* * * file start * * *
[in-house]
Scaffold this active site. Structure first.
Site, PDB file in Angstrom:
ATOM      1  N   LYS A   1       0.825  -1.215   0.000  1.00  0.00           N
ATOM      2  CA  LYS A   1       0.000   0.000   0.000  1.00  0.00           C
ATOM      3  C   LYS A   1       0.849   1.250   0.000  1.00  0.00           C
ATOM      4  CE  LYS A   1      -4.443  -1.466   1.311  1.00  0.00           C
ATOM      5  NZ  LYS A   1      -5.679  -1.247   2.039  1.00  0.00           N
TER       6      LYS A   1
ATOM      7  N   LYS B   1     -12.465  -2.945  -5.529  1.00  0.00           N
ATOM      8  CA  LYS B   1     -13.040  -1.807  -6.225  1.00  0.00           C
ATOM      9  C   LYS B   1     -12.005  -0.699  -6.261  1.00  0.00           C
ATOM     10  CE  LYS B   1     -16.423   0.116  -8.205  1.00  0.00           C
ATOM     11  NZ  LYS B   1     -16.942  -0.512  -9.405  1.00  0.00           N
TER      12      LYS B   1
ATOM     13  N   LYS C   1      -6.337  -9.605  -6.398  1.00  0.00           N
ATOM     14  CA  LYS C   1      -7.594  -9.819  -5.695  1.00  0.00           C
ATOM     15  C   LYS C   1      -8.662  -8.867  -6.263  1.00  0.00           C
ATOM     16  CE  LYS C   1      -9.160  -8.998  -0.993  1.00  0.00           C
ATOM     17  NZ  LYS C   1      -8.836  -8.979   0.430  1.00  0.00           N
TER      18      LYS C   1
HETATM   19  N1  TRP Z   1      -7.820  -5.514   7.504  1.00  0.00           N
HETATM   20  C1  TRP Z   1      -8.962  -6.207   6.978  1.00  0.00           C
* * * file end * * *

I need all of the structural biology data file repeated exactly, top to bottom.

[in-house]
Scaffold this active site. Structure first.
Site, PDB file in Angstrom:
ATOM      1  N   LYS A   1       0.825  -1.215   0.000  1.00  0.00           N
ATOM      2  CA  LYS A   1       0.000   0.000   0.000  1.00  0.00           C
ATOM      3  C   LYS A   1       0.849   1.250   0.000  1.00  0.00           C
ATOM      4  CE  LYS A   1      -4.443  -1.466   1.311  1.00  0.00           C
ATOM      5  NZ  LYS A   1      -5.679  -1.247   2.039  1.00  0.00           N
TER       6      LYS A   1
ATOM      7  N   LYS B   1     -12.465  -2.945  -5.529  1.00  0.00           N
ATOM      8  CA  LYS B   1     -13.040  -1.807  -6.225  1.00  0.00           C
ATOM      9  C   LYS B   1     -12.005  -0.699  -6.261  1.00  0.00           C
ATOM     10  CE  LYS B   1     -16.423   0.116  -8.205  1.00  0.00           C
ATOM     11  NZ  LYS B   1     -16.942  -0.512  -9.405  1.00  0.00           N
TER      12      LYS B   1
ATOM     13  N   LYS C   1      -6.337  -9.605  -6.398  1.00  0.00           N
ATOM     14  CA  LYS C   1      -7.594  -9.819  -5.695  1.00  0.00           C
ATOM     15  C   LYS C   1      -8.662  -8.867  -6.263  1.00  0.00           C
ATOM     16  CE  LYS C   1      -9.160  -8.998  -0.993  1.00  0.00           C
ATOM     17  NZ  LYS C   1      -8.836  -8.979   0.430  1.00  0.00           N
TER      18      LYS C   1
HETATM   19  N1  TRP Z   1      -7.820  -5.514   7.504  1.00  0.00           N
HETATM   20  C1  TRP Z   1      -8.962  -6.207   6.978  1.00  0.00           C